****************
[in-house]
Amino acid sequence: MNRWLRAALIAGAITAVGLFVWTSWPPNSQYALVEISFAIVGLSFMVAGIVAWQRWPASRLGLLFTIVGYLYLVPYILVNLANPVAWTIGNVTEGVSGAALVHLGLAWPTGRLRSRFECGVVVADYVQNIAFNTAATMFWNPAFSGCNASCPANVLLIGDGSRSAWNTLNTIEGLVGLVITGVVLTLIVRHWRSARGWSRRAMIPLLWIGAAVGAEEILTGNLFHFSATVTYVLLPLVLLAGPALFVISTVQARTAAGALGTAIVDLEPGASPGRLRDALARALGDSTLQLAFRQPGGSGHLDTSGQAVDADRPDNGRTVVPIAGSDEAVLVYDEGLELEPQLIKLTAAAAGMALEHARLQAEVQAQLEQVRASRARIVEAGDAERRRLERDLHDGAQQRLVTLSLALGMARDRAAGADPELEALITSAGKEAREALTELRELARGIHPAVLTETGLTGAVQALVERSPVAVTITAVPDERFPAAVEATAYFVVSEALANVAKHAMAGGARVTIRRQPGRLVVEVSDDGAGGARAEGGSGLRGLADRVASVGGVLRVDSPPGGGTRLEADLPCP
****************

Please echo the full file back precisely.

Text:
[in-house]
Amino acid sequence: MNRWLRAALIAGAITAVGLFVWTSWPPNSQYALVEISFAIVGLSFMVAGIVAWQRWPASRLGLLFTIVGYLYLVPYILVNLANPVAWTIGNVTEGVSGAALVHLGLAWPTGRLRSRFECGVVVADYVQNIAFNTAATMFWNPAFSGCNASCPANVLLIGDGSRSAWNTLNTIEGLVGLVITGVVLTLIVRHWRSARGWSRRAMIPLLWIGAAVGAEEILTGNLFHFSATVTYVLLPLVLLAGPALFVISTVQARTAAGALGTAIVDLEPGASPGRLRDALARALGDSTLQLAFRQPGGSGHLDTSGQAVDADRPDNGRTVVPIAGSDEAVLVYDEGLELEPQLIKLTAAAAGMALEHARLQAEVQAQLEQVRASRARIVEAGDAERRRLERDLHDGAQQRLVTLSLALGMARDRAAGADPELEALITSAGKEAREALTELRELARGIHPAVLTETGLTGAVQALVERSPVAVTITAVPDERFPAAVEATAYFVVSEALANVAKHAMAGGARVTIRRQPGRLVVEVSDDGAGGARAEGGSGLRGLADRVASVGGVLRVDSPPGGGTRLEADLPCP